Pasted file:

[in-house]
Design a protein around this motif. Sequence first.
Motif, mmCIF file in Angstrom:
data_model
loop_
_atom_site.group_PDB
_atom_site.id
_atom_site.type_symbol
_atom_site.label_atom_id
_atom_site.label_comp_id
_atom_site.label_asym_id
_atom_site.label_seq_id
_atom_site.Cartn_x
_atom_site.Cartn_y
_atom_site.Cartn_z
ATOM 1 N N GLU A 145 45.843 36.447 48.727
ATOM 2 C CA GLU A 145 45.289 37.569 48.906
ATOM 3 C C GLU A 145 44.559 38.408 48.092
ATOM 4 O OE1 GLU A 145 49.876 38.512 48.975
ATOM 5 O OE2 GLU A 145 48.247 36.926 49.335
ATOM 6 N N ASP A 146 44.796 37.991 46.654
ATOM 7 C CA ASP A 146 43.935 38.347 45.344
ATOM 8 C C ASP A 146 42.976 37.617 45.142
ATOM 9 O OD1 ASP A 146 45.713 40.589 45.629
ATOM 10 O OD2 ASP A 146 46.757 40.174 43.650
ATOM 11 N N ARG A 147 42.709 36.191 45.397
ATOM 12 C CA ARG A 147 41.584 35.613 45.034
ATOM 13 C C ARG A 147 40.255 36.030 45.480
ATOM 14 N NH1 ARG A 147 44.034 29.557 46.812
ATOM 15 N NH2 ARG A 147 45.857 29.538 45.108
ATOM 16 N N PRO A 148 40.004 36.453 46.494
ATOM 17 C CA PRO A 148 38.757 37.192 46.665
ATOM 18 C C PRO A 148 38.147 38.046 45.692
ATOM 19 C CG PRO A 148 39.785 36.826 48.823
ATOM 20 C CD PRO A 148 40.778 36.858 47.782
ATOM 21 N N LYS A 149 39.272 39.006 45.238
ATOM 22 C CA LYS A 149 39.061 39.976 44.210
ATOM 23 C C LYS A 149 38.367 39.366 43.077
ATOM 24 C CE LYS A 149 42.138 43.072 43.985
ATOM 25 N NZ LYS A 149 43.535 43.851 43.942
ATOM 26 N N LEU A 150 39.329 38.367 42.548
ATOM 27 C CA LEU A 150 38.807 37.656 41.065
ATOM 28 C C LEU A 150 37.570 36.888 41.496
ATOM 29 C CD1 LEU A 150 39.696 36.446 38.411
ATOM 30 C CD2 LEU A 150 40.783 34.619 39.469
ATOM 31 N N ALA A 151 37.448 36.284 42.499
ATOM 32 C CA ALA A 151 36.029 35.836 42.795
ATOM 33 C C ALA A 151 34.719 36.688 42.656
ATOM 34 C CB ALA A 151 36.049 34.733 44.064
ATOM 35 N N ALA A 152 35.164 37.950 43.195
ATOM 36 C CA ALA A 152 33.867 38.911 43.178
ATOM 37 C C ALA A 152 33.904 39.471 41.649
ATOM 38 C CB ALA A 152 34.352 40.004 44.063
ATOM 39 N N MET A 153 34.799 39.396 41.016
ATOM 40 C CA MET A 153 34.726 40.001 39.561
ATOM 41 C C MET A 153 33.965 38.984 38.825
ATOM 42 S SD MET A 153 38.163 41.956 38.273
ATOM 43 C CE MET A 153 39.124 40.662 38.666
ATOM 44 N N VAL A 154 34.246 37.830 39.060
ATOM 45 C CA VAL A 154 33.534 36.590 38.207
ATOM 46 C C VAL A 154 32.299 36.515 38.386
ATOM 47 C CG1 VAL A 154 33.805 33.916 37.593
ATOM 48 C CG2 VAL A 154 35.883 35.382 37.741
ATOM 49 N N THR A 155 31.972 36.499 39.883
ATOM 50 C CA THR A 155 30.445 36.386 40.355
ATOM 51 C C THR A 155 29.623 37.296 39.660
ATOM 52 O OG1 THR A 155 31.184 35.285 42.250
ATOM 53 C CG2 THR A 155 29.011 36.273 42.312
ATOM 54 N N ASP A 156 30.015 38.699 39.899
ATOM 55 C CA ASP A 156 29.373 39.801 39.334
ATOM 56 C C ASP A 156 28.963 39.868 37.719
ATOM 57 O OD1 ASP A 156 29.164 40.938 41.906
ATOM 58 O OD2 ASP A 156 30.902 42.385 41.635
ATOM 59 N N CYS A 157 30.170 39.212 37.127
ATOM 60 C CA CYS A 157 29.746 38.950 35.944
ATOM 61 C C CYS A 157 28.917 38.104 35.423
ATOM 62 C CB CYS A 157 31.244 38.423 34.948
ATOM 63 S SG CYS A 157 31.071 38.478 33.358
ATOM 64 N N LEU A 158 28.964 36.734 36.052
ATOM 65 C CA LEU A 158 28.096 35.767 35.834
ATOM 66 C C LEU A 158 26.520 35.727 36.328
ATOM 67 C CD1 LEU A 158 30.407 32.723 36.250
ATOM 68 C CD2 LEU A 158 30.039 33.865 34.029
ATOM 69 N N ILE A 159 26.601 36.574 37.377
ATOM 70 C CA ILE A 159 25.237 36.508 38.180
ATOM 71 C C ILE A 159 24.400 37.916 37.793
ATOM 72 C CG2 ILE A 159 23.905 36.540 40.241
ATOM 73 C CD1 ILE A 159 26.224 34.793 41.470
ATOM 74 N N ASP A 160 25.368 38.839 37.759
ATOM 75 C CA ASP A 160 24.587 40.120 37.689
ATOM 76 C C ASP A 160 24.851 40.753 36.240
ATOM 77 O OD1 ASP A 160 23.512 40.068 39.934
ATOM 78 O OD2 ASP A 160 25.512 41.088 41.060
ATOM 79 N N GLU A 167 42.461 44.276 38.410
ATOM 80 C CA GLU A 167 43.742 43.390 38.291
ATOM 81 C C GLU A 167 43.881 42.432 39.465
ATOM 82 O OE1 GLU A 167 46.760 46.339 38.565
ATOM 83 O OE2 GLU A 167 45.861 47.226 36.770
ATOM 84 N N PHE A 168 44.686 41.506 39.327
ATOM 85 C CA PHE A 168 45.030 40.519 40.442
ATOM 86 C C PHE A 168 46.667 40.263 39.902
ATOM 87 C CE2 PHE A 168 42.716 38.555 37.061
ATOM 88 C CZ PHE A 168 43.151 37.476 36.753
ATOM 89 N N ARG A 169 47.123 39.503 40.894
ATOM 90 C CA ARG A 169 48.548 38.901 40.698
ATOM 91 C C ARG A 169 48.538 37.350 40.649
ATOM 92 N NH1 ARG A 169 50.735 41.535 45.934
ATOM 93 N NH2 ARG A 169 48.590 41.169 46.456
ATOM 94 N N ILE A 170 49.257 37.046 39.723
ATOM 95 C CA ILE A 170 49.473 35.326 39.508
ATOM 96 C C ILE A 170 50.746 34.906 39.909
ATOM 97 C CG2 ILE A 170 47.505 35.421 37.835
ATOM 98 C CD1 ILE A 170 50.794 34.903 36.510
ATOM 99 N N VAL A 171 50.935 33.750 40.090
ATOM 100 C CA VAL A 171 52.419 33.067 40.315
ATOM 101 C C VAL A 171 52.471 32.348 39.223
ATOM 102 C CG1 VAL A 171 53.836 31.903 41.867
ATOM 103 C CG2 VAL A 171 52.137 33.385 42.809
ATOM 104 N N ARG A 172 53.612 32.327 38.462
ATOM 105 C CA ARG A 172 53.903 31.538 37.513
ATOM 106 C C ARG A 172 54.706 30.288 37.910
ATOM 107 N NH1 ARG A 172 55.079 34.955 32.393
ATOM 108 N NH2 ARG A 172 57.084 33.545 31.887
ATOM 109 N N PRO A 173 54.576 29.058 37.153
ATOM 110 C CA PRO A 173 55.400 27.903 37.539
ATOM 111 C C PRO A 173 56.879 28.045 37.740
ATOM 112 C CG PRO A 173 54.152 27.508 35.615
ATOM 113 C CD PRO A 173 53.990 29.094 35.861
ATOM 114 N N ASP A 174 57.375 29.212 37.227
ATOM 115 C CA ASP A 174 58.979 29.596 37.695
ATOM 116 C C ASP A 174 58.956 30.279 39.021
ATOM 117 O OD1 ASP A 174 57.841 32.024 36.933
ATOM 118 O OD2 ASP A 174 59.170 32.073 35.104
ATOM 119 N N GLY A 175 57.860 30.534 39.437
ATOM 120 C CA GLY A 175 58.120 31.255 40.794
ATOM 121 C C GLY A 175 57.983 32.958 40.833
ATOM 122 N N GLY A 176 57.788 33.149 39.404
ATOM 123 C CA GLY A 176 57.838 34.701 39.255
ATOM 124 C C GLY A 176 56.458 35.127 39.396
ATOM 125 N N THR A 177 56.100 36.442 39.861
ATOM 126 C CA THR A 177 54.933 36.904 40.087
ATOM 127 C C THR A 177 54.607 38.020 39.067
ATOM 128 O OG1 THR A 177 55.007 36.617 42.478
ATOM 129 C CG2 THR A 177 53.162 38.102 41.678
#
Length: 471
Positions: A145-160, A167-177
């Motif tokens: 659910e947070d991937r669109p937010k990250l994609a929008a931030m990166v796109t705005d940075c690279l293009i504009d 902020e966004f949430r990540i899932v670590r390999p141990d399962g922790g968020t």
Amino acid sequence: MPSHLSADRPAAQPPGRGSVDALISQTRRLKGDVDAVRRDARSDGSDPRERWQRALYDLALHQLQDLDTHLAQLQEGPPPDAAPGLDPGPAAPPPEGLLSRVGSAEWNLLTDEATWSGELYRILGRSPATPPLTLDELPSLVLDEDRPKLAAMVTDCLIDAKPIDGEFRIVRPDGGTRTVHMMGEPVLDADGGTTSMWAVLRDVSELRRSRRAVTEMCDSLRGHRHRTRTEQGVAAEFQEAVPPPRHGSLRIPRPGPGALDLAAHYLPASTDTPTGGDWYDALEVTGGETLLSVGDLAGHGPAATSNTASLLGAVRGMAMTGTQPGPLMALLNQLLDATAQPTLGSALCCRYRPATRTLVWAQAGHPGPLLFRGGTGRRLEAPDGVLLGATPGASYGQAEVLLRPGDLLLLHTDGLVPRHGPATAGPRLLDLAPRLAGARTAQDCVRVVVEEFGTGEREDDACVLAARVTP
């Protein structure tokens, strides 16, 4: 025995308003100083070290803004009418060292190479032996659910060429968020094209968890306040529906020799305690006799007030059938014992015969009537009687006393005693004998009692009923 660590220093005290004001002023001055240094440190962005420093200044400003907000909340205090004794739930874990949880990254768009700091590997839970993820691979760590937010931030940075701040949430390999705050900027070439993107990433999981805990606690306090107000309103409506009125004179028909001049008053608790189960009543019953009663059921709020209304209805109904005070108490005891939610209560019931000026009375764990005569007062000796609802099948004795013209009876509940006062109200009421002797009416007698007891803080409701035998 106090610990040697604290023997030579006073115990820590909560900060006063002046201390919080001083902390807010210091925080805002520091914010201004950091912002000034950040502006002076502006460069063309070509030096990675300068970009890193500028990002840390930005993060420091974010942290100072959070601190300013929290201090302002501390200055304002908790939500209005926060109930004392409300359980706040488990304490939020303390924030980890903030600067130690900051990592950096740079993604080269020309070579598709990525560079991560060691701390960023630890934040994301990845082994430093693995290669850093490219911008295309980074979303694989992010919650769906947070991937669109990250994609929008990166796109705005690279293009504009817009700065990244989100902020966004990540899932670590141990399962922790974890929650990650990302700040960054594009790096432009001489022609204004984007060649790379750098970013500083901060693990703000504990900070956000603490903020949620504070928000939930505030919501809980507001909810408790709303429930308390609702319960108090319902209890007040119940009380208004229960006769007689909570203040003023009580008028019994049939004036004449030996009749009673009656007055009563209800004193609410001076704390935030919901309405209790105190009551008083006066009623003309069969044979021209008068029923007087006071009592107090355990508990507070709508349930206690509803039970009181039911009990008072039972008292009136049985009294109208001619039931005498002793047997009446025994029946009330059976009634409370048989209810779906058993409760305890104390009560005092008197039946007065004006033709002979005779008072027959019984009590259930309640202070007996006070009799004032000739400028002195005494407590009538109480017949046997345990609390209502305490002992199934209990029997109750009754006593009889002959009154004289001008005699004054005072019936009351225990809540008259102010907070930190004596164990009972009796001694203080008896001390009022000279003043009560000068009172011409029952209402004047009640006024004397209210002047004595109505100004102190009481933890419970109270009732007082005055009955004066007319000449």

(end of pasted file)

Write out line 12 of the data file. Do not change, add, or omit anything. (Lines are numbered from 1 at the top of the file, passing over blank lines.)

_atom_site.label_seq_id